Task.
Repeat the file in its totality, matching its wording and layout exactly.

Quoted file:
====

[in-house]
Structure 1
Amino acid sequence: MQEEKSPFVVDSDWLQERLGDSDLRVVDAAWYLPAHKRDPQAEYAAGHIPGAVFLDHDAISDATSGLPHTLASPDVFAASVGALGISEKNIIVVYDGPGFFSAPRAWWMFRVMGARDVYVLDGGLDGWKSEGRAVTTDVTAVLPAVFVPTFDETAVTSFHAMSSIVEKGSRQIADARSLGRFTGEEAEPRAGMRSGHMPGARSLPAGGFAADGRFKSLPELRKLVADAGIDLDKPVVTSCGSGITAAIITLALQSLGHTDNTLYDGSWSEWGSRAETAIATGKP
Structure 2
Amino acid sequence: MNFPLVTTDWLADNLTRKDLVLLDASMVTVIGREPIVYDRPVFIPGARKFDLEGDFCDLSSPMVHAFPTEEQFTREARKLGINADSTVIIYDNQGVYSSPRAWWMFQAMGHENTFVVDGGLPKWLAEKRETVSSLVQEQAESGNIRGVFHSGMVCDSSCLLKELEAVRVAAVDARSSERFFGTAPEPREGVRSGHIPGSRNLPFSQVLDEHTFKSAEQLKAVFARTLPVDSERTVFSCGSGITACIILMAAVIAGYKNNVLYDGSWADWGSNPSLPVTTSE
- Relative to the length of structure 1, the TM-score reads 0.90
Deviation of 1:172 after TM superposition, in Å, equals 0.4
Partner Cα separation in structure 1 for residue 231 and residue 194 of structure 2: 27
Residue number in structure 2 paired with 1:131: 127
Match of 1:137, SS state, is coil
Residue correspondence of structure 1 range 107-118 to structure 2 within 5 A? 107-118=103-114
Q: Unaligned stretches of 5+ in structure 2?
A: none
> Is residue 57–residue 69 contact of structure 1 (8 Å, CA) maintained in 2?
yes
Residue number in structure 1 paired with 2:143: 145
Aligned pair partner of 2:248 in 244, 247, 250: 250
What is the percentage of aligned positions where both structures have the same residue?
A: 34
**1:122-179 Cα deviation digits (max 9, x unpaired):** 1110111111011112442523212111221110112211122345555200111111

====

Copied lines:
[in-house]
Structure 1
Amino acid sequence: MQEEKSPFVVDSDWLQERLGDSDLRVVDAAWYLPAHKRDPQAEYAAGHIPGAVFLDHDAISDATSGLPHTLASPDVFAASVGALGISEKNIIVVYDGPGFFSAPRAWWMFRVMGARDVYVLDGGLDGWKSEGRAVTTDVTAVLPAVFVPTFDETAVTSFHAMSSIVEKGSRQIADARSLGRFTGEEAEPRAGMRSGHMPGARSLPAGGFAADGRFKSLPELRKLVADAGIDLDKPVVTSCGSGITAAIITLALQSLGHTDNTLYDGSWSEWGSRAETAIATGKP
Structure 2
Amino acid sequence: MNFPLVTTDWLADNLTRKDLVLLDASMVTVIGREPIVYDRPVFIPGARKFDLEGDFCDLSSPMVHAFPTEEQFTREARKLGINADSTVIIYDNQGVYSSPRAWWMFQAMGHENTFVVDGGLPKWLAEKRETVSSLVQEQAESGNIRGVFHSGMVCDSSCLLKELEAVRVAAVDARSSERFFGTAPEPREGVRSGHIPGSRNLPFSQVLDEHTFKSAEQLKAVFARTLPVDSERTVFSCGSGITACIILMAAVIAGYKNNVLYDGSWADWGSNPSLPVTTSE
- Relative to the length of structure 1, the TM-score reads 0.90
Deviation of 1:172 after TM superposition, in Å, equals 0.4
Partner Cα separation in structure 1 for residue 231 and residue 194 of structure 2: 27
Residue number in structure 2 paired with 1:131: 127
Match of 1:137, SS state, is coil
Residue correspondence of structure 1 range 107-118 to structure 2 within 5 A? 107-118=103-114
Q: Unaligned stretches of 5+ in structure 2?
A: none
> Is residue 57–residue 69 contact of structure 1 (8 Å, CA) maintained in 2?
yes
Residue number in structure 1 paired with 2:143: 145
Aligned pair partner of 2:248 in 244, 247, 250: 250
What is the percentage of aligned positions where both structures have the same residue?
A: 34
**1:122-179 Cα deviation digits (max 9, x unpaired):** 1110111111011112442523212111221110112211122345555200111111